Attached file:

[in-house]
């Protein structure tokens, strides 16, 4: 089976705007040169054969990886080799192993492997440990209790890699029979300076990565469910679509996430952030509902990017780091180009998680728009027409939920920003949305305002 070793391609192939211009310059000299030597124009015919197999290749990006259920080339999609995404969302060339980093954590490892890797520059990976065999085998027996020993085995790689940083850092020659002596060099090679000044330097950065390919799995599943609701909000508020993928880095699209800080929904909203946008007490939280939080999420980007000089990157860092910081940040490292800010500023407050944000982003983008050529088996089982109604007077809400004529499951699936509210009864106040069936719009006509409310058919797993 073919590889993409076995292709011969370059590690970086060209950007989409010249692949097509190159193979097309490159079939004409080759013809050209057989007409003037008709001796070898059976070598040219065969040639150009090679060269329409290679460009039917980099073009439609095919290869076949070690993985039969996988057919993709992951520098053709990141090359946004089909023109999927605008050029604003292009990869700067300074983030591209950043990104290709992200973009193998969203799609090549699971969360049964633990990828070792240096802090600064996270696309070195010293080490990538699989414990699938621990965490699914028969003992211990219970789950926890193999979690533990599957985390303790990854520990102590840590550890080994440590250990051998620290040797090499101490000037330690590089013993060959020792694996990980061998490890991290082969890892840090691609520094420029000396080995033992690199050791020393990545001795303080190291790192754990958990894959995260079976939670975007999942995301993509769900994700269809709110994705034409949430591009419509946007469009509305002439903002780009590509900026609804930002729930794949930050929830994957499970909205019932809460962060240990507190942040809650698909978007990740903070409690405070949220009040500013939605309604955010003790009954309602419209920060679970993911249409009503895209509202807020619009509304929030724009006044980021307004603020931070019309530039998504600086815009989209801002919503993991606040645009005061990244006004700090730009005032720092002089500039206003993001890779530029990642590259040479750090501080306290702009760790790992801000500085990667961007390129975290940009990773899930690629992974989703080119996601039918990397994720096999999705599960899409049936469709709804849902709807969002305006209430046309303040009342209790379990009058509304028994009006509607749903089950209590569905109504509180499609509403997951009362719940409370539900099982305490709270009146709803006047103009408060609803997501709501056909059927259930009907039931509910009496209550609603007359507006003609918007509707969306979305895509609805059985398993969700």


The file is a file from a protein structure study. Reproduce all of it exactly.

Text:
[in-house]
């Protein structure tokens, strides 16, 4: 089976705007040169054969990886080799192993492997440990209790890699029979300076990565469910679509996430952030509902990017780091180009998680728009027409939920920003949305305002 070793391609192939211009310059000299030597124009015919197999290749990006259920080339999609995404969302060339980093954590490892890797520059990976065999085998027996020993085995790689940083850092020659002596060099090679000044330097950065390919799995599943609701909000508020993928880095699209800080929904909203946008007490939280939080999420980007000089990157860092910081940040490292800010500023407050944000982003983008050529088996089982109604007077809400004529499951699936509210009864106040069936719009006509409310058919797993 073919590889993409076995292709011969370059590690970086060209950007989409010249692949097509190159193979097309490159079939004409080759013809050209057989007409003037008709001796070898059976070598040219065969040639150009090679060269329409290679460009039917980099073009439609095919290869076949070690993985039969996988057919993709992951520098053709990141090359946004089909023109999927605008050029604003292009990869700067300074983030591209950043990104290709992200973009193998969203799609090549699971969360049964633990990828070792240096802090600064996270696309070195010293080490990538699989414990699938621990965490699914028969003992211990219970789950926890193999979690533990599957985390303790990854520990102590840590550890080994440590250990051998620290040797090499101490000037330690590089013993060959020792694996990980061998490890991290082969890892840090691609520094420029000396080995033992690199050791020393990545001795303080190291790192754990958990894959995260079976939670975007999942995301993509769900994700269809709110994705034409949430591009419509946007469009509305002439903002780009590509900026609804930002729930794949930050929830994957499970909205019932809460962060240990507190942040809650698909978007990740903070409690405070949220009040500013939605309604955010003790009954309602419209920060679970993911249409009503895209509202807020619009509304929030724009006044980021307004603020931070019309530039998504600086815009989209801002919503993991606040645009005061990244006004700090730009005032720092002089500039206003993001890779530029990642590259040479750090501080306290702009760790790992801000500085990667961007390129975290940009990773899930690629992974989703080119996601039918990397994720096999999705599960899409049936469709709804849902709807969002305006209430046309303040009342209790379990009058509304028994009006509607749903089950209590569905109504509180499609509403997951009362719940409370539900099982305490709270009146709803006047103009408060609803997501709501056909059927259930009907039931509910009496209550609603007359507006003609918007509707969306979305895509609805059985398993969700």